Among other things is John Yoo's contention that the 4th Amendment (unlawful search and seizures) doesn't apply if the President invokes the magic words (it only works for a Republican President, btw... Democrats lack the appropriate mojo)... the [Republican] President must click his heels three times and say abra cadabra open sesame "national security".

And in the ultimate act of disclosure, our friend Andy Worthington treats us to his ultimate list of Guantanamo detainees-- that's every poor bastard publicly known to have ever been hooded and chained in an orange jump suit at America's Favourite Gulag and Beach Resort. Andy calls it "Guantánamo: The Definitive Prisoner List," and presents it in four parts: Part 1 (ISNs 002 to 200); Part 2 (ISNs 201 to 496); Part 3 (ISNs 497 to 732); and Part 4 (ISNs 743 to 10030). Andy tells us:

The list, which is the result of three years’ research and writing about Guantánamo, provides details of the 533 prisoners who have been released, and includes, for the first time ever, accurate dates for their release. It also provides details of the 241 prisoners who are still held, including the 59 prisoners who have been cleared for release. Although some stories are still unknown, the stories of nearly 700 prisoners are referenced either by links to Andy’s extensive archive of articles about Guantánamo, or to the chapters in "The Guantánamo Files" where they can be found.

“It is my hope that this project will provide an invaluable research
tool for those seeking to understand how it came to pass that the
government of the United States turned its back on domestic and
international law, establishing torture as official US policy, and
holding men without charge or trial neither as prisoners of war,
protected by the Geneva Conventions, nor as criminal suspects to be put
forward for trial in a federal court, but as ‘illegal enemy combatants.’

“I also hope that it provides a compelling explanation of how that same
government, under the leadership of George W. Bush, Dick Cheney and
Donald Rumsfeld, established a prison in which the overwhelming majority
of those held -- at least 93 percent of the 779 men and boys imprisoned
in total -- were either completely innocent people, seized as a result
of dubious intelligence or sold for bounty payments, or Taliban foot
soldiers, recruited to fight an inter-Muslim civil war that began long
before the terrorist attacks of September 11, 2001, and that had nothing
to do with al-Qaeda, Osama bin Laden or international terrorism.”

[Interested readers should check out Andy's "The Guantánamo Files: The Stories of the 774 Detainees in America’s Illegal Prison." You can also check out my interview with Andy.]

This has been... "Adventures in Disclosure".

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March 1, 2009, Too big to fail

This blog devotes many of its column inches to discussing the collapse of our nation's moral authority and the ongoing collapse of its adherence to its own laws... we do occasionally take a break to discuss... its economic collapse. And so today...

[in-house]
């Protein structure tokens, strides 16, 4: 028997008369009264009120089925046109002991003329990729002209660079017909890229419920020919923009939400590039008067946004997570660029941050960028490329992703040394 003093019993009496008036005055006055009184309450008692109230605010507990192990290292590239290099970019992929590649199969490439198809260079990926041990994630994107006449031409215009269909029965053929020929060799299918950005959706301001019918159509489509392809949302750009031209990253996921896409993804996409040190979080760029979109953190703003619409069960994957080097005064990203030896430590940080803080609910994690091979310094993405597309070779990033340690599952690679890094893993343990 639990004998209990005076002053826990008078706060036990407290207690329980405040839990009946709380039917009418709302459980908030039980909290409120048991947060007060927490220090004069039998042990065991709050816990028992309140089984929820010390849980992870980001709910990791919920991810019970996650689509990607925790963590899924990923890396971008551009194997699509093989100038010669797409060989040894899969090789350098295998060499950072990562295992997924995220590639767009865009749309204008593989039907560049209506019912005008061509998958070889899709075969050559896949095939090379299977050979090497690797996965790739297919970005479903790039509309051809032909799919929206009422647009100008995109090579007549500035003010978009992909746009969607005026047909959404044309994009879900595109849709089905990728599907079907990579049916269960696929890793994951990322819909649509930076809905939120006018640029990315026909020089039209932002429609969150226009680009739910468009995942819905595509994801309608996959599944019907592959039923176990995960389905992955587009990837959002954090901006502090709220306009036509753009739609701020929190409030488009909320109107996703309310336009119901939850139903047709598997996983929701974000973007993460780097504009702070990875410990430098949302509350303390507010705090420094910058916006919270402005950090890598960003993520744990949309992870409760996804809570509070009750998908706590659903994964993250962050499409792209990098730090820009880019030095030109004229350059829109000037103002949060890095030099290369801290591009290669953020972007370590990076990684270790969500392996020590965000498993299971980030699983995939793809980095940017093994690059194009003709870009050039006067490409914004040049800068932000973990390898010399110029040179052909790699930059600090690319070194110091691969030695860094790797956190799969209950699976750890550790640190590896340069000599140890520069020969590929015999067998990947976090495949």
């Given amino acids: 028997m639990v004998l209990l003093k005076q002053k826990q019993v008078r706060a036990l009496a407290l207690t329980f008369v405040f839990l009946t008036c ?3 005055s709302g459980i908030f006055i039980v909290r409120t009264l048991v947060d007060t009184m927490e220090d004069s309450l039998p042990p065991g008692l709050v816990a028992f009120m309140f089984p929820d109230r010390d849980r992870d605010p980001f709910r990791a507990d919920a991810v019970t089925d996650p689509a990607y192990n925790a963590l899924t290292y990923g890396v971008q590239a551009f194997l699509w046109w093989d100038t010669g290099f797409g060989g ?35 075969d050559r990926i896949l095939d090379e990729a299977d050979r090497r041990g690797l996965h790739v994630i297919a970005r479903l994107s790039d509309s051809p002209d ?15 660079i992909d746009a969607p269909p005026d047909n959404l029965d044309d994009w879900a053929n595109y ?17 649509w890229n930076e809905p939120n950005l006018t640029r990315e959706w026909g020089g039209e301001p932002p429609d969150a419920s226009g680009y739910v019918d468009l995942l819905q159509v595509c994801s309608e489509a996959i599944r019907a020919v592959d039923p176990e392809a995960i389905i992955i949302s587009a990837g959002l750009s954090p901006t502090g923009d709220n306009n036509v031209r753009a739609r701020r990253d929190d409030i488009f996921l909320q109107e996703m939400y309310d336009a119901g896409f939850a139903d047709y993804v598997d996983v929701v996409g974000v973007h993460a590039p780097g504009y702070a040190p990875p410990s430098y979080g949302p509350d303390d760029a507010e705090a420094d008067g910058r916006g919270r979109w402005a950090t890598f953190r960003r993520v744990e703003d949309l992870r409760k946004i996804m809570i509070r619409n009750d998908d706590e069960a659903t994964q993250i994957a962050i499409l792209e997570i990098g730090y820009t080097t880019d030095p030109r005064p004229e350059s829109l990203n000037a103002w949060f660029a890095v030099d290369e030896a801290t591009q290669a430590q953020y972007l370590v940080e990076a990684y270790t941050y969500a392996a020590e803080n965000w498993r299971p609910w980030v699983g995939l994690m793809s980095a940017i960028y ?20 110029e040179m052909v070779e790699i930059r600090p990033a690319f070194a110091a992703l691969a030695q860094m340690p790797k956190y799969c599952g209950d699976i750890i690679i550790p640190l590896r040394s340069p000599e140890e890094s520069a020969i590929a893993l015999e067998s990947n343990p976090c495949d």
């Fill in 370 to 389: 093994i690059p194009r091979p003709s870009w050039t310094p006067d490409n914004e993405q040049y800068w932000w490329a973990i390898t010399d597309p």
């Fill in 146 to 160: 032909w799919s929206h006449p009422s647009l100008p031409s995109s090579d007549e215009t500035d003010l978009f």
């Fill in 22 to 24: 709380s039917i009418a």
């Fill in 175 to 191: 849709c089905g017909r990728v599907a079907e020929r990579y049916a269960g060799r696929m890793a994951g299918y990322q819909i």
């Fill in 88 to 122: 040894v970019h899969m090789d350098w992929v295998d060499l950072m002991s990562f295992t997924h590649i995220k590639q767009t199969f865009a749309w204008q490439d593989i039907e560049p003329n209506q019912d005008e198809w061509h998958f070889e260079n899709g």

Joe Nocera gives us this column in the Grey Lady walking us through the AIG fiasco, noting the various ways in which the denizens of world's largest insurance company American International Group, or AIG, gamed the system and gamed its own sterling AAA credit rating via regulatory loopholes and everything else it could think of in order to extort hefty fees of transmitting the world's (yes, the world's) risk associated with decline in American housing values to its own books... or, as Nocera more accurately tells us, to the books of the American taxpayer who would, inevitably, have to protect this "far too big to fail" behemoth.

And here we are: the simple principle of "credit default swaps" and the like is analogous to insurance, in the sense that the purchasing/contracting party expects its counter-party (AIG) to bear the loss under certain contingencies; a normal insurer would set aside appropriate reserves to cover the contingency. AIG... didn't. In fact, it actually increased systemic risk by taking its "premiums" and buying more mortgage-backed-securities, which, if and when real estate prices fell, would create an even bigger problem (which of course, it did).

Regulators were not unaware of all of this, but who's going to shut this down during fat times? And so... and so... Expect the American taxpayer to fork over at least another hundred billion dollars bringing the expected tab to clean up this one company to over a quarter trillion dollars.

Anyway, this is how "bubbles" become so widely destructive; everyone on Earth in some way or another is betting on the same asset price being strong and growing... in this case, American single family homes, especially new constructions in the sunbelt. Yank out that card... and the rest of the house of cards comes down... as explained by Nocera.

There's something about the homo sapien-- wired into our genes, perhaps-- that just encourages us to follow the most aggressie alpha males off of any cliff they want to take us, just so long as they are a little taller than the rest of us, and willing to fling their feces harder and grunt and screech louder. As it was for a disastrous "war on terror," so it has been for a financial system built on under-paying workers in wages but with the promise of compensation through increasing home prices (that they can borrow against!)... through, ultimately, the possible (some would say probable) cause of the ultimate demise of our "civilization": the response to two major imported-oil related shocks in the 1970's by lowering the price of gasoline and inventing the SUV, rather than recognizing the need to avoid creating permanent lifestyle infrastructure based on a commodity that must inevitably be depleted, everything else be damned.

Will any of the present events serve as any kind of a wake-up call to dramatic actions (which will include apparent "standard of living decreases," even if, by restoring meaning to many lives they may increase "happiness")? Ummm... I just can't see it. And there you have it: the thing is, while American International Group may be too big to fail, American civilization... isn't. We have had societal wake-up call after wake-up call (including the one we are in the middle of right now)... and yet, we just don't seem to wake up. We've been inconceivably lucky before... will that lucky streak continue? Quite literally... not how you bet.